CFPB is taking over settlement statement regulation from the Department of Housing and Urban Development, which previously created the format for the HUD-1 statements buyers and sellers sign at real estate closings.
Those of you who have signed one will remember that both buyers and sellers sign the HUD-1, essentially agreeing about the distribution of the myriad of charges to each for settlement attorneys, real estate commissions, credits for repairs, taxes, insurance, and loan fees.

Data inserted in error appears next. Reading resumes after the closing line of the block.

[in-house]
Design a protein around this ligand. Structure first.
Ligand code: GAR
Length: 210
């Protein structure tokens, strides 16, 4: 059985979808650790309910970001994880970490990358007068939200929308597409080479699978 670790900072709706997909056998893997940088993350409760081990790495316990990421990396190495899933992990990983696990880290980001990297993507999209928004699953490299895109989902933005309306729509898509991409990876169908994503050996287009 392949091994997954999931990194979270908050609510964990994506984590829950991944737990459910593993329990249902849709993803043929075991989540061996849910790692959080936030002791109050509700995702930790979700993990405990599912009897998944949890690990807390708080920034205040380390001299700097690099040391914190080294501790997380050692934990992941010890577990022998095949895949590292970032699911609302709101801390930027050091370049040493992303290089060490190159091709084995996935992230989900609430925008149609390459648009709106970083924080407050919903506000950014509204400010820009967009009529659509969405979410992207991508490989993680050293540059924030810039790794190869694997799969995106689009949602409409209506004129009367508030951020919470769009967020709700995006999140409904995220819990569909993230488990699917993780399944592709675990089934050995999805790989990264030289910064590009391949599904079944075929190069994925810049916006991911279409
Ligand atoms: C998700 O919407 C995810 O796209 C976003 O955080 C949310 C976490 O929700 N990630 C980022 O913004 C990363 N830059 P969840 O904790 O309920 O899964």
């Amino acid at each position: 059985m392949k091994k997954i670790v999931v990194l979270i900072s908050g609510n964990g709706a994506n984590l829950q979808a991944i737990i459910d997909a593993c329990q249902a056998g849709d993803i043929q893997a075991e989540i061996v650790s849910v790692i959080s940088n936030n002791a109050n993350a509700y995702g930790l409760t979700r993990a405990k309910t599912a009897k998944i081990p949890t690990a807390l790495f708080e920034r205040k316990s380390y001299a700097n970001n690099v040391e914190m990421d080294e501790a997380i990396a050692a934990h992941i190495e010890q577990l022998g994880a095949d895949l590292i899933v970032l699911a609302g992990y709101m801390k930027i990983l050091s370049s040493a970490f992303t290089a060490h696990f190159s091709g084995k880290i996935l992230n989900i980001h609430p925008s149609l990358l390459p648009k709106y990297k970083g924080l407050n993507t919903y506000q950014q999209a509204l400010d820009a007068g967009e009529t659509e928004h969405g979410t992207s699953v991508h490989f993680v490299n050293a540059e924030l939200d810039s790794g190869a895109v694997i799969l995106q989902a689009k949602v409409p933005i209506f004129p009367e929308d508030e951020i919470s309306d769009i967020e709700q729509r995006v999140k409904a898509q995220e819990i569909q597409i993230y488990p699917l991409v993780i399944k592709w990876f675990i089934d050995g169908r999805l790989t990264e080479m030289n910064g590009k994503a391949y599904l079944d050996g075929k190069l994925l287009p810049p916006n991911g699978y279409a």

The last page of the HUD-1 looked like this:
You will notice that both the seller and the buyer (borrower) sign it, as one would expect since it is their agreement and authorization for the settlement attorney to cut checks to pay all the entities involved in the transaction.
Here’s what the same page of the CFPB form looks like in its current draft:
See anything funny?
They forgot to add a place for the seller to sign. Only the borrower (loan applicant) has a place to sign.
Maybe the seller isn’t really giving you that house!